So putting all of this together, when the Bible talks about Jesus' "blood" it's referring to His sacrificial death on the cross which made atonement for our sins and reconciled us to God.

    In addition, another important point is that Jesus was resurrected from the dead. This demonstrated that Jesus is the Son of God, and His resurrection is so important that our faith would be futile and useless if He had not been resurrected.
     
  16. Brandon C. Jones

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    The Meaning of Believer Baptism

    Hello,

    I do not frequent this board as much as I used to, but I thought I would share a link to my new book on the meaning of believer baptism. It's entitled Waters of Promise: Finding Meaning in Believer Baptism.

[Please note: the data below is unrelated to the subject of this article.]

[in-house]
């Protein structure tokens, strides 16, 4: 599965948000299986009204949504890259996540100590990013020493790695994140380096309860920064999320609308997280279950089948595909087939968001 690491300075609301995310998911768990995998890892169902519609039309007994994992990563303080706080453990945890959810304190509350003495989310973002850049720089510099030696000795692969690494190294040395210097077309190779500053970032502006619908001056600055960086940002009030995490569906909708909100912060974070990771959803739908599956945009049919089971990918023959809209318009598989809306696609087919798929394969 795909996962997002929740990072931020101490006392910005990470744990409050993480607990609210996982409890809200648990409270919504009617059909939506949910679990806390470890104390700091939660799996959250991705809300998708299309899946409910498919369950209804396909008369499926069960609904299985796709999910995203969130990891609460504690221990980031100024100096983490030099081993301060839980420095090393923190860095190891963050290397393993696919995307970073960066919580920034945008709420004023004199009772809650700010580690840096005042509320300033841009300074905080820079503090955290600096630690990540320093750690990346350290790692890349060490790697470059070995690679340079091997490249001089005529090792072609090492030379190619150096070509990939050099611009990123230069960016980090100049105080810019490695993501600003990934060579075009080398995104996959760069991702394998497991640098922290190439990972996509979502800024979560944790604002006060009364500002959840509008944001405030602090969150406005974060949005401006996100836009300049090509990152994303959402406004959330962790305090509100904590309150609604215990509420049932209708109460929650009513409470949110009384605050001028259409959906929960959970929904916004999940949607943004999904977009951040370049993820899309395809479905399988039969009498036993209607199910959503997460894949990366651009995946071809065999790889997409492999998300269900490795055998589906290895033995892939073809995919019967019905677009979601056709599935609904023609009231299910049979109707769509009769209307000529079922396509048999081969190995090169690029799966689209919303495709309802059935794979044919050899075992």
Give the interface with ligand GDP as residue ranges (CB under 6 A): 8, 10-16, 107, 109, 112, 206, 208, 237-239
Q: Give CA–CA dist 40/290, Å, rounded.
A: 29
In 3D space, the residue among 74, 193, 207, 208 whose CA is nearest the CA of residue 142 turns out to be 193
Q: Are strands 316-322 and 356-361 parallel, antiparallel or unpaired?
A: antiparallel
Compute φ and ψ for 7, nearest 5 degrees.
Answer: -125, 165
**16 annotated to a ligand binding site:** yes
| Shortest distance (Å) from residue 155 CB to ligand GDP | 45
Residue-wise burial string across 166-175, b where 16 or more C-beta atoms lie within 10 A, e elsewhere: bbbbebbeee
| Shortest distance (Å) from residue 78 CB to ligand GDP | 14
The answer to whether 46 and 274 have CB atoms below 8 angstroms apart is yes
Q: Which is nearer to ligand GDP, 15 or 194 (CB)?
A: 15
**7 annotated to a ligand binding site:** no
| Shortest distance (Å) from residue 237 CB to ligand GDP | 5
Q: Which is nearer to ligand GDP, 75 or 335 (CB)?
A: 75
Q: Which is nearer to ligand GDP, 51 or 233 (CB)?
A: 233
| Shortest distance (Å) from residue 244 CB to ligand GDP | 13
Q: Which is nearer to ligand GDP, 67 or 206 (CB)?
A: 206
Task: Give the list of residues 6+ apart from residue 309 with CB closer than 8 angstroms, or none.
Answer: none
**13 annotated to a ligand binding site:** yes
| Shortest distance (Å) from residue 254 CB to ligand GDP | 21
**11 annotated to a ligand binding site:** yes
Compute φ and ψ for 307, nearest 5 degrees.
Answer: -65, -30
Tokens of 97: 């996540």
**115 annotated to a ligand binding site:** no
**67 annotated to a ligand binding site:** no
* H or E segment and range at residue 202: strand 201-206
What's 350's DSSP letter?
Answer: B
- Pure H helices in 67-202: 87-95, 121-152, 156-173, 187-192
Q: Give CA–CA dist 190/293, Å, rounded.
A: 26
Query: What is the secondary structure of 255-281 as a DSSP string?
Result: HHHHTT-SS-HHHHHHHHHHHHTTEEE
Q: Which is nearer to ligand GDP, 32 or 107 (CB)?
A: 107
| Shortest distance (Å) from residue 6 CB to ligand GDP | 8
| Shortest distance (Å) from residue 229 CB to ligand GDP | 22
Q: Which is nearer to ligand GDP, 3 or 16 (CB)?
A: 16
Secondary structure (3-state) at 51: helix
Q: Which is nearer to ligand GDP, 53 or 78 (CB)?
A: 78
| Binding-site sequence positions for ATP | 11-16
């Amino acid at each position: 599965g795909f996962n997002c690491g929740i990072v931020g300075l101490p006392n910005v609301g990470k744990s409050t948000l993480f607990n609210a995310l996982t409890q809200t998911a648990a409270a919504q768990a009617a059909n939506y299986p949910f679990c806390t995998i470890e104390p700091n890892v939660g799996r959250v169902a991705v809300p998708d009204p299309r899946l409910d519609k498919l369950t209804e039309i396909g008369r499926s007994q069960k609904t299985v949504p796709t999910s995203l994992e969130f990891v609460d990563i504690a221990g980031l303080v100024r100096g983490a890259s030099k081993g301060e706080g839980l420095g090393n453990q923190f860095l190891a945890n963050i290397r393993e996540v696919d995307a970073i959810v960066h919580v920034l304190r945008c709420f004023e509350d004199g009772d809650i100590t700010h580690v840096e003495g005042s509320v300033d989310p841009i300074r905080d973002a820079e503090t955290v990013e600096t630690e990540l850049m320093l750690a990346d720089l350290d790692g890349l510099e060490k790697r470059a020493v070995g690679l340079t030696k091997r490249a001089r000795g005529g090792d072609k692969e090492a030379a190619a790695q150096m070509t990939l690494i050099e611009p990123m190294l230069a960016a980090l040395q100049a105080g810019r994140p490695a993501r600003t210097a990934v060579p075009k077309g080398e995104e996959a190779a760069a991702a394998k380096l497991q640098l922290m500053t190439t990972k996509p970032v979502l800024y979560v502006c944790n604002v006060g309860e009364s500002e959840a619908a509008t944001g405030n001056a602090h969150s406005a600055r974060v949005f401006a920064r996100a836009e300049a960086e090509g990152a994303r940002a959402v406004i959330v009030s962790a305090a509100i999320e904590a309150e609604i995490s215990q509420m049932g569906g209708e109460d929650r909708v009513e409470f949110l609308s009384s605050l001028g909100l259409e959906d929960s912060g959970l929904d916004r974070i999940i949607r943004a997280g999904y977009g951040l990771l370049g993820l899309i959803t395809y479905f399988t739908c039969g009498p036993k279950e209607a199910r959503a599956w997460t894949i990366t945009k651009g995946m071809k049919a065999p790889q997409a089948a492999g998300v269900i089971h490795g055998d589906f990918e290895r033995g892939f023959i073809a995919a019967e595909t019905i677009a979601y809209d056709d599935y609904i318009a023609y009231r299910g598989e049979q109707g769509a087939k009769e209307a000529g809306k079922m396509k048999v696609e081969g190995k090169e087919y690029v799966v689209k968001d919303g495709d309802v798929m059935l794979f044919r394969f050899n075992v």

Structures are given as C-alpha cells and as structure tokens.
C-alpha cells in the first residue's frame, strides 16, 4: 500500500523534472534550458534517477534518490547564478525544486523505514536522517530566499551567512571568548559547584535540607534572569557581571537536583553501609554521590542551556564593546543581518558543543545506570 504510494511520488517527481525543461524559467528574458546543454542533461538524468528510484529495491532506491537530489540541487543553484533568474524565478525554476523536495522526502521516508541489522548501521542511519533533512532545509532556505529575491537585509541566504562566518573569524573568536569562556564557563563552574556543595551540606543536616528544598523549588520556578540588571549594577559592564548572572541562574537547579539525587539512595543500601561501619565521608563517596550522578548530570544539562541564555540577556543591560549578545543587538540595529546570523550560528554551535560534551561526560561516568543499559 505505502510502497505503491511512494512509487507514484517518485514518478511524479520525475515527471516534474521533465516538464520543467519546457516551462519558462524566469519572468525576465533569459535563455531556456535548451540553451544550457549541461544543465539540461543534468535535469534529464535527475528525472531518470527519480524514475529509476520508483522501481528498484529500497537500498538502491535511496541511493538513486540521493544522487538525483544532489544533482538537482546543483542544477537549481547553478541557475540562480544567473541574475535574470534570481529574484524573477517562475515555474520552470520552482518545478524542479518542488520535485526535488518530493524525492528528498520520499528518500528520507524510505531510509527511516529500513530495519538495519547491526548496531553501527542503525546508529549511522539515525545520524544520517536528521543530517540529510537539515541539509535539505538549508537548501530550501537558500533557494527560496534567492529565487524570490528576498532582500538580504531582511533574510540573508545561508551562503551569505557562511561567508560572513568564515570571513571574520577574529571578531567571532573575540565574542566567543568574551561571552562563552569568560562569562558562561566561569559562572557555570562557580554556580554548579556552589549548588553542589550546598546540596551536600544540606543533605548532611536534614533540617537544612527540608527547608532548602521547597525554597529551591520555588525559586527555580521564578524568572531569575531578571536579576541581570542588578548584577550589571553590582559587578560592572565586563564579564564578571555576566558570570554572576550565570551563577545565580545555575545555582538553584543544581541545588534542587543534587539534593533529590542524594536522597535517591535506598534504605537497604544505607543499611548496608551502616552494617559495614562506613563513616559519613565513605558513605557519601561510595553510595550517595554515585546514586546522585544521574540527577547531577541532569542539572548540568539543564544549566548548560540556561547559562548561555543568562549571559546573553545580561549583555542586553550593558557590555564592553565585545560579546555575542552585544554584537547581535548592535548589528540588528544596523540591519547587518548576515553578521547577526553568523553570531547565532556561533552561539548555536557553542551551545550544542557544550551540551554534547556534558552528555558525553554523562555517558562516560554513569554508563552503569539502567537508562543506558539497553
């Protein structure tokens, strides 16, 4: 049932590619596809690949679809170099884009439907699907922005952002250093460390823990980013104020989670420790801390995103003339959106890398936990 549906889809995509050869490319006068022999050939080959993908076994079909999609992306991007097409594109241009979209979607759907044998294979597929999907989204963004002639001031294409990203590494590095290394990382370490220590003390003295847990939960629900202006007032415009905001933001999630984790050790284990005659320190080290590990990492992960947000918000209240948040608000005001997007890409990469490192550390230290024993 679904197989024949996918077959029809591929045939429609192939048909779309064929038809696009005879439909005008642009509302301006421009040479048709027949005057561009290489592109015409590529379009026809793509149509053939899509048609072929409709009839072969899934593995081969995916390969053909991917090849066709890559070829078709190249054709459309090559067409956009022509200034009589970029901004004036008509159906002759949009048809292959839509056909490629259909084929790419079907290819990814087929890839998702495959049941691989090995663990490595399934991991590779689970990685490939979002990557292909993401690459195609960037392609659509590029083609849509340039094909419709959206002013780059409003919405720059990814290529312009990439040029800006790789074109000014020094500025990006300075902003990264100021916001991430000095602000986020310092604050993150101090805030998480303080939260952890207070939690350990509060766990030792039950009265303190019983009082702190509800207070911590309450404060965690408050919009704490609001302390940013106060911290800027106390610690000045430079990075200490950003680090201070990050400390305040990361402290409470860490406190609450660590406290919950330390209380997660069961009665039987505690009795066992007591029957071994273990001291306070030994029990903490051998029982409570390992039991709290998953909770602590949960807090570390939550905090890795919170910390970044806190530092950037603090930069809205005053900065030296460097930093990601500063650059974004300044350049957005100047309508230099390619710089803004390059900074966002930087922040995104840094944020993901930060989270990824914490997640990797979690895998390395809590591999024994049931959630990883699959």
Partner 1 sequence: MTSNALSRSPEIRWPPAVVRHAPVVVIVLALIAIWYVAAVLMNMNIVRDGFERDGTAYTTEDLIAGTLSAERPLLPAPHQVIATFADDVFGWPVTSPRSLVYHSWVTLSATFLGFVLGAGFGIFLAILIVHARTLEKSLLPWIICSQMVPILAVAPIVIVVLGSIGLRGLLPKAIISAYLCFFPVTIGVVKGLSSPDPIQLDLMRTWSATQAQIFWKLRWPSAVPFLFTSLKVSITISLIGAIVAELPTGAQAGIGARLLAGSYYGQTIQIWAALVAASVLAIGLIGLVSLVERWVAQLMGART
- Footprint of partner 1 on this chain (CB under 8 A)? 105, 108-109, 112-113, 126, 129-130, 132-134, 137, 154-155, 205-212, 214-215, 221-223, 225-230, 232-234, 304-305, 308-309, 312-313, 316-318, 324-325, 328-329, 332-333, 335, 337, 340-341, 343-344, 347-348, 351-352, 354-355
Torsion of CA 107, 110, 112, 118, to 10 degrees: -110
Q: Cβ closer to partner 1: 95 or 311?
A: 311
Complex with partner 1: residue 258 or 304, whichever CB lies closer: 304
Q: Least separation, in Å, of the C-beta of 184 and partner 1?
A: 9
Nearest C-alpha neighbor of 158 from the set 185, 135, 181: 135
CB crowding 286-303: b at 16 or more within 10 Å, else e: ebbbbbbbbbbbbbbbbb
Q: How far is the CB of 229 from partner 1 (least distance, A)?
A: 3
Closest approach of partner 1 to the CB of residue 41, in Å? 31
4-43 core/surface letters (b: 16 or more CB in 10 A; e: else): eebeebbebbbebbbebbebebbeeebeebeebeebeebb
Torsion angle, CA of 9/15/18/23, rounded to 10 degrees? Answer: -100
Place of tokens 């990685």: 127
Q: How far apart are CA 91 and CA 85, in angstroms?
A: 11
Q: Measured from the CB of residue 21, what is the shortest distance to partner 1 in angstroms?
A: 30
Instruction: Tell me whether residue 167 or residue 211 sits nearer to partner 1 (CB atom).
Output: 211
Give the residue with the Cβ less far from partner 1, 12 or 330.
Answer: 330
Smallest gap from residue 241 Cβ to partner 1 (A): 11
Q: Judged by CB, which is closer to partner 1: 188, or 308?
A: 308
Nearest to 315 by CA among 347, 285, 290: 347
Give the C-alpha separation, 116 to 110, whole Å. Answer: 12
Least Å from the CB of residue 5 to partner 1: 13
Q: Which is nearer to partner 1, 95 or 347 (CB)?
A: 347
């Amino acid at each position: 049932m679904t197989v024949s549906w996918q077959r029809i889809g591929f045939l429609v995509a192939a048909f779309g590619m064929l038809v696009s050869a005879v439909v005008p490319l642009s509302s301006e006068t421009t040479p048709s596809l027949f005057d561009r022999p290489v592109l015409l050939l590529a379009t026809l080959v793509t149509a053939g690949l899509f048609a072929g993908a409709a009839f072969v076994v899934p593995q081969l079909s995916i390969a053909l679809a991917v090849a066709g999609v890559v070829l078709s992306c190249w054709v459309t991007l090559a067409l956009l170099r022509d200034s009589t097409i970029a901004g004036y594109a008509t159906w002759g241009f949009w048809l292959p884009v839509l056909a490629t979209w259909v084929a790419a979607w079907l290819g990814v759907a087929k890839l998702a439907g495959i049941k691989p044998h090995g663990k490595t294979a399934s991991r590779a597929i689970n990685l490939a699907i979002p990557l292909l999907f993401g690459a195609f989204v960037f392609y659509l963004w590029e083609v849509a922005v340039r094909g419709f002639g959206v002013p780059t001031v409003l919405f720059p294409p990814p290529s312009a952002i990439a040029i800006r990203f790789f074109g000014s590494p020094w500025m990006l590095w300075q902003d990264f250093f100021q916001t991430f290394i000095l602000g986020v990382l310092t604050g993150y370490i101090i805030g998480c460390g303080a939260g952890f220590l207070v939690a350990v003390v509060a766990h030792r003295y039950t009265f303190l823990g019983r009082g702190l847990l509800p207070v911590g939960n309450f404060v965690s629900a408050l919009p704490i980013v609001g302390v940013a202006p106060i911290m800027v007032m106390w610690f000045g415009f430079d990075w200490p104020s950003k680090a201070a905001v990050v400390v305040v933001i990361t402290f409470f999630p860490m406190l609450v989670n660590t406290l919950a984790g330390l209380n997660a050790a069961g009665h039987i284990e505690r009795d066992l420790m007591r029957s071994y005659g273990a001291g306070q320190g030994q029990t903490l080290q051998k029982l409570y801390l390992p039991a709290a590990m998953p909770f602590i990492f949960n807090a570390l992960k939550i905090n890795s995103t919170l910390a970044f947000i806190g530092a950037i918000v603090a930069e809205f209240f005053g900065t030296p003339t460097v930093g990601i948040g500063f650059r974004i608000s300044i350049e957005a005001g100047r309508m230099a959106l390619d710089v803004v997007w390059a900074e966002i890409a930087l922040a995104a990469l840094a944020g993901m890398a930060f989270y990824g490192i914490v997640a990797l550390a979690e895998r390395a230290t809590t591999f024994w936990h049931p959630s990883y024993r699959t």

Even though I was raised in the Baptist tradition, I often struggled to identify what my believer baptism meant in light of what Scripture says about baptism. As a result, I researched to see if historical Baptist views on the subject could help me address areas of concern for Baptists today.

    Some of you on here may also find my study helpful. Here's a link to the book at the publisher's Web site: https://wipfandstock.com/store/Waters_of_Promise_Finding_Meaning_in_Believer_Baptism

    Blessings,
    Brandon
     
  17. plain_n_simple

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    You could start those inward and outward identifications with Jesus, by obeying what He said. Repent and be baptized. Don't knit pick the instructions, if you have opportunity it should be done. If not, God is so gracious and big and loving, He will let you in like the thief on the cross.
     
  18. percho